The Dark Side of “Comprehensive Soldier Fitness”

Roy Eidelson, Marc Pilisuk and Stephen Soldz

Why is the world's largest organization of psychologists so aggressively promoting a new, massive, and untested military program? The APA's enthusiasm for mandatory "resilience training" for all US soldiers is troubling on many counts.

The January 2011 issue of the American Psychologist, the American Psychological Association's (APA) flagship journal, is devoted entirely to 13 articles that detail and celebrate the virtues of a new US Army-APA collaboration. Built around positive psychology and with key contributions from former APA President Martin Seligman and his colleagues, Comprehensive Soldier Fitness (CSF) is a $125 million resilience training initiative designed to reduce and prevent the adverse psychological consequences of combat for our soldiers and veterans. While these are undoubtedly worthy aspirations, the special issue is nevertheless troubling in several important respects: the authors of the articles, all of whom are involved in the CSF program, offer very little discussion of conceptual and ethical considerations; the special issue does not provide a forum for any independent critical or cautionary voices whatsoever; and through this format, the APA itself has adopted a jingoistic cheerleading stance toward a research project about which many crucial questions should be posed. We discuss these and related concerns below.

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A Prevention Model for Reducing the Federal Debt While Doing Social Good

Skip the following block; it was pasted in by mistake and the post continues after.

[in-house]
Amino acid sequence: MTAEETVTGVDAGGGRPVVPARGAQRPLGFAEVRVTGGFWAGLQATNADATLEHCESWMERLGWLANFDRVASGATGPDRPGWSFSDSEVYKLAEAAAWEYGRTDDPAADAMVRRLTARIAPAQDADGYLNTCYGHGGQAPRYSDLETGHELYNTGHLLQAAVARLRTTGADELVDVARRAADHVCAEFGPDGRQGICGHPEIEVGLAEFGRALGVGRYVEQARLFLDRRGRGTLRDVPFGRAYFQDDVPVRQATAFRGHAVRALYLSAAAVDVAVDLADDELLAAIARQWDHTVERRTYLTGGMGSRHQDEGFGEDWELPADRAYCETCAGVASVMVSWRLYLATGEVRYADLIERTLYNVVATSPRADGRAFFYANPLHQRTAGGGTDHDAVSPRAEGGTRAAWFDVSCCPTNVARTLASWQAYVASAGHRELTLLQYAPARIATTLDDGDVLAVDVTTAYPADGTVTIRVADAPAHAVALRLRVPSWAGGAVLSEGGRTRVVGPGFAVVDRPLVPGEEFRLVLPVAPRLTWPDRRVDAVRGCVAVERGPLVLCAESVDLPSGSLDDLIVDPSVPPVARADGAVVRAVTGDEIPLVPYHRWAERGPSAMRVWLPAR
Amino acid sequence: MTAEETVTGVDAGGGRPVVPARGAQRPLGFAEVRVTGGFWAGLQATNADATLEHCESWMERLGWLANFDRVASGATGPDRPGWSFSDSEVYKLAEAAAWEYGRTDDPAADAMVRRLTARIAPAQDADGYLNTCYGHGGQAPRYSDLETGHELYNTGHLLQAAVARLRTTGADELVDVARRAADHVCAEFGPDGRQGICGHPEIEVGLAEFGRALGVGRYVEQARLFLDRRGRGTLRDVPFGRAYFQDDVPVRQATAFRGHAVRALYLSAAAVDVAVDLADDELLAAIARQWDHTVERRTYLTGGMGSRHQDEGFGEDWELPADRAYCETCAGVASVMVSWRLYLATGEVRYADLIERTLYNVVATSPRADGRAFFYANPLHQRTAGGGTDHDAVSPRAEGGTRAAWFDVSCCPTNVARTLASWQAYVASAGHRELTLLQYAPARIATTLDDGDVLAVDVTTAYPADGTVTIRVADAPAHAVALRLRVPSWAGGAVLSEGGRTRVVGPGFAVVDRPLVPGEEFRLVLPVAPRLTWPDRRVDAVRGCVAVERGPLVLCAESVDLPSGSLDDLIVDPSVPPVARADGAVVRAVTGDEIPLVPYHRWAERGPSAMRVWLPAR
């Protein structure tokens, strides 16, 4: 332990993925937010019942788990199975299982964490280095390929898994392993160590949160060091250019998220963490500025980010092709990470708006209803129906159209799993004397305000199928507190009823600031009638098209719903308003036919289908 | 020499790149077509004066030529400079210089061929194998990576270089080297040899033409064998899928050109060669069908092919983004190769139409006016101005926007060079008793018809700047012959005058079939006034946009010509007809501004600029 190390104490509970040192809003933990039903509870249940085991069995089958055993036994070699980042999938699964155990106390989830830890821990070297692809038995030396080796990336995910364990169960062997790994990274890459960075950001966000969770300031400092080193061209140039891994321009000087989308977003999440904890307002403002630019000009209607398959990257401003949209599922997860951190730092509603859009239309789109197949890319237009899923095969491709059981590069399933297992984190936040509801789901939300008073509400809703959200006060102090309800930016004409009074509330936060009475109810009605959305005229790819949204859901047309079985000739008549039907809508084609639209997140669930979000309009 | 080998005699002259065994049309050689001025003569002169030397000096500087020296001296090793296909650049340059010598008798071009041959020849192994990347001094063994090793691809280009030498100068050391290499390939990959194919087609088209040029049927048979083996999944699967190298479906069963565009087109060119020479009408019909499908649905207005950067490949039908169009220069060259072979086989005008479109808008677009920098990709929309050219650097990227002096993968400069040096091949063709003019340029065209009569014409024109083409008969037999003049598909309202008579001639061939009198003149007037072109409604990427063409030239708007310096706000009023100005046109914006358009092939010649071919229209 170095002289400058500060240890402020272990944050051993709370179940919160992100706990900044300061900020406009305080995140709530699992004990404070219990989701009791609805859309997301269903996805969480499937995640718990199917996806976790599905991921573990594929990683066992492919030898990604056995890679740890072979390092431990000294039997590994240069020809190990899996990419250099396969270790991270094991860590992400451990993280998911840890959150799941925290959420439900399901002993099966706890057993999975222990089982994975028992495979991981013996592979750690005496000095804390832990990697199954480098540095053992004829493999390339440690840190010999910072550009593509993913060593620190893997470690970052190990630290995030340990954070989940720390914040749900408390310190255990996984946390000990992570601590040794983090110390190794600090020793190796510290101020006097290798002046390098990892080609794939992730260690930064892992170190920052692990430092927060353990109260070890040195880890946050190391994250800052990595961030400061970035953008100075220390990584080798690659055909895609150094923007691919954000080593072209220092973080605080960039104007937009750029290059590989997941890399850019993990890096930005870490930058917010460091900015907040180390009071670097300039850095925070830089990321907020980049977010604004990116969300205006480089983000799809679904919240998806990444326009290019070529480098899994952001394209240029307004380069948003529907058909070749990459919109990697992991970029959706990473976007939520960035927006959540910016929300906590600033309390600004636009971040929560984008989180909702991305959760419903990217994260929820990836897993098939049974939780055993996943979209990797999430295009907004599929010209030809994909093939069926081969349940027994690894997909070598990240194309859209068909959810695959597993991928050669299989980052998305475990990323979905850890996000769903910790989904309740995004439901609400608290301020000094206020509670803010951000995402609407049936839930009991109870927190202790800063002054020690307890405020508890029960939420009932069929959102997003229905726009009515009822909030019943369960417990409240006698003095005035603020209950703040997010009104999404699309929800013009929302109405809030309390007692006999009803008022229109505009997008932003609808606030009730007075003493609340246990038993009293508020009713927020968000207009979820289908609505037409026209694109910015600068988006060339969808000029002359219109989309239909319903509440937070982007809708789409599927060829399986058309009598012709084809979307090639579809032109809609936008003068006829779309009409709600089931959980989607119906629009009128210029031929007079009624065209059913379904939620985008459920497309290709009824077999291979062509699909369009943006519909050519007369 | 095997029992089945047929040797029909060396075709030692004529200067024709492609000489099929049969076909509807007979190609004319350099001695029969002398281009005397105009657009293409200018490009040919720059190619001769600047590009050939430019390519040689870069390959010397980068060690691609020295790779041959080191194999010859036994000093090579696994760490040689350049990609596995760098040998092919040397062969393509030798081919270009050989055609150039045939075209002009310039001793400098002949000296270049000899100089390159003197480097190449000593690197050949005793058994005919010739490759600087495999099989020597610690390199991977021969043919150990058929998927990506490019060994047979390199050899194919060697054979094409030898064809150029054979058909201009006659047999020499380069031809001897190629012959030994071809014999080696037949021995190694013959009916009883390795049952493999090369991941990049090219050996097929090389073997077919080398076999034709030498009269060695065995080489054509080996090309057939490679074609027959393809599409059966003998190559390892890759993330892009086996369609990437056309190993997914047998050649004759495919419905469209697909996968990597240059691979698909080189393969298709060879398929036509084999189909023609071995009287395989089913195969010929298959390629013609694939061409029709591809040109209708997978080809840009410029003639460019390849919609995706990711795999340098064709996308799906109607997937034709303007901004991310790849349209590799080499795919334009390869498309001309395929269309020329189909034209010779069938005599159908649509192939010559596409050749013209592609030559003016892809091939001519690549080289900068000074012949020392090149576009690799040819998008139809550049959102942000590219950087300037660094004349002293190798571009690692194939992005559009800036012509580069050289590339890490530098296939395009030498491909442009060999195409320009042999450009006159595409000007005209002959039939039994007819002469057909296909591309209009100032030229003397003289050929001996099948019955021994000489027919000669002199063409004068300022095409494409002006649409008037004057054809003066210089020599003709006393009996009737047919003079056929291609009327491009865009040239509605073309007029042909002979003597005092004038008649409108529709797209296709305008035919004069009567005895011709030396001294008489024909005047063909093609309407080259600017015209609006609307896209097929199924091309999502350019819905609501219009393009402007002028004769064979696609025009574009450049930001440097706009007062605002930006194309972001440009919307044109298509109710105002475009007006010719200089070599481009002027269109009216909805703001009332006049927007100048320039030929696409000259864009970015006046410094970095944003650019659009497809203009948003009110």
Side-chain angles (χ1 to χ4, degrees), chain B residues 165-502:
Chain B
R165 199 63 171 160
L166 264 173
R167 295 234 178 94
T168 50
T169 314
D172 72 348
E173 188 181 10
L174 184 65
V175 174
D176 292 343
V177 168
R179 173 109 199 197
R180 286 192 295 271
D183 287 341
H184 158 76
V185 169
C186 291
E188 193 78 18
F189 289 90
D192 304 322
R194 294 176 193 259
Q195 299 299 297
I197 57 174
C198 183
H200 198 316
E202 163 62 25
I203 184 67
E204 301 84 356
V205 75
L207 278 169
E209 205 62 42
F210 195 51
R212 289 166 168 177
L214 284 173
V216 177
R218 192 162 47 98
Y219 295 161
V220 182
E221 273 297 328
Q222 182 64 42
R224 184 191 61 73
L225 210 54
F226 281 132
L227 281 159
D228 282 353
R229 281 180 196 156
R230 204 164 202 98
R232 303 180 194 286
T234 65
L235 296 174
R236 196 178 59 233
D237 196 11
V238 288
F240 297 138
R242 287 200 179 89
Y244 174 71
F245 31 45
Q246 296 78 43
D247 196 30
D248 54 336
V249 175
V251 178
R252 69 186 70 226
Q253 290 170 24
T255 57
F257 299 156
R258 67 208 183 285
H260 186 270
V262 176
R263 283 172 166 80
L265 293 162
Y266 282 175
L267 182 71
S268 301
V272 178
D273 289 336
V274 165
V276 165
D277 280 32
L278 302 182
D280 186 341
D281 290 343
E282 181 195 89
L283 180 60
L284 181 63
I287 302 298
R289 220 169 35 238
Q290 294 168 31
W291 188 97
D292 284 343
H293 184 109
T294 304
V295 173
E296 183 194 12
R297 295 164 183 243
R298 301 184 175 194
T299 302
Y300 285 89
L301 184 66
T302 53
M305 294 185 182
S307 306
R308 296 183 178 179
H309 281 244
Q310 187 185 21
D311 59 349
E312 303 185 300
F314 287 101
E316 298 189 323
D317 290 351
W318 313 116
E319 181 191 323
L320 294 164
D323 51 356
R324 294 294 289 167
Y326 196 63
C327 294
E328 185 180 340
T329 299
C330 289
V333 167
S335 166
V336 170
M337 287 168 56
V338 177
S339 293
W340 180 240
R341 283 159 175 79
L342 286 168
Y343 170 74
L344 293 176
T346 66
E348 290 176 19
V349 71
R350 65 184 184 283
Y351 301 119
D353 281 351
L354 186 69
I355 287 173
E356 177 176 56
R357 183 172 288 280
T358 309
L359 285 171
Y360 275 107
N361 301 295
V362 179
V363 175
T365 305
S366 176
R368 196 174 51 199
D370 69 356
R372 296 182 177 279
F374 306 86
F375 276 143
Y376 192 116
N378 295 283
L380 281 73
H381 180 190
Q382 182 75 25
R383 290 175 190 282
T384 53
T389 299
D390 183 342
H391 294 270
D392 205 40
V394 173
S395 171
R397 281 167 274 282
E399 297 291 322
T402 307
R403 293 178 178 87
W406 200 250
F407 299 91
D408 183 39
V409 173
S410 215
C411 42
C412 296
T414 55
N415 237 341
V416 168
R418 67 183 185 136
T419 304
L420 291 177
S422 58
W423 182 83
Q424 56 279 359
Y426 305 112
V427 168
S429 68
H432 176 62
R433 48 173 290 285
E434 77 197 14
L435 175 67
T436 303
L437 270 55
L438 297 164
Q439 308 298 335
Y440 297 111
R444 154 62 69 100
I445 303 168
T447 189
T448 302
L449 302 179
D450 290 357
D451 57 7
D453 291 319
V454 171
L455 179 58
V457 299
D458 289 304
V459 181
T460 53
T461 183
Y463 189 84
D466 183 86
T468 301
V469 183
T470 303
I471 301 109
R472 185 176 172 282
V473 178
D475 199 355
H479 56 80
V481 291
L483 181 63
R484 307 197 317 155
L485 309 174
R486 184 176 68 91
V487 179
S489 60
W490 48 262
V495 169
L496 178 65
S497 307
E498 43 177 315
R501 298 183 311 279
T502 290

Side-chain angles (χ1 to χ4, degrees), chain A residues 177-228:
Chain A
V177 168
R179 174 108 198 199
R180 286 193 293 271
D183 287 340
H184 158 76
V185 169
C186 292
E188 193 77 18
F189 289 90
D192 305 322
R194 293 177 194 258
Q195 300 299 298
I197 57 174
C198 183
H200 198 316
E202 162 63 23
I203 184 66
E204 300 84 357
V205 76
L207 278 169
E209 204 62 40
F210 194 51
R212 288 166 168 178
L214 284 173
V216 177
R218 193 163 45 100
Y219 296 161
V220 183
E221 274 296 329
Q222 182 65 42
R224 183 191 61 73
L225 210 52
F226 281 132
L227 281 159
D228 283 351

Neil Wollman

The growing federal debt has become such a looming problem that President Obama appointed a National Commission on Fiscal Responsibility and Reform to tackle it. So far, the public discourse has focused on two painful but seemingly necessary solutions — raising taxes and cutting current government programs. If instead, far more funds were put toward preventing problems before they arise, future spending would be reduced, along with the need for as many tax hikes and program cuts. This prevention model is primarily associated with health care (it is cheaper to prevent than treat an illness), but it could be applied across diverse budget sectors. What if all budget administrators were instructed to consider funding preventive measures that might save money in the future? Here are some examples.

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Kant’s Comments on our Current Wars

Floyd Rudmin

Immanuel Kant was born on April 22, 1724, in Königsberg, East Prussia, now the Russian city of Kaliningrad. Kant is considered to be one of the greatest philosophers in the history of Western Civilization. He was also an opponent of perpetual war. Possibly influential in Kant’s thinking about war was the fact that his family were Pietists, which were a Lutheran sect similar to Quakers.

The European wars of Kant’s era included the Russo-Swedish War (1741–1743), the War of Austrian Succession (1740–1748), the Seven Years War (1754–1763), the Russo-Turkish War (1768–1774), the Partitions of Poland (1772–1775), the American War of Independence (1775–1783), another Russo-Swedish War (1788–1790), the French Revolution (1789–1799), the Russo-Persian War (1796), and at the very end of his life, the beginning of the Napoleonic Wars (1797–1815).

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The Moment to Refute the Mindset to War in Afghanistan

Marc Pilisuk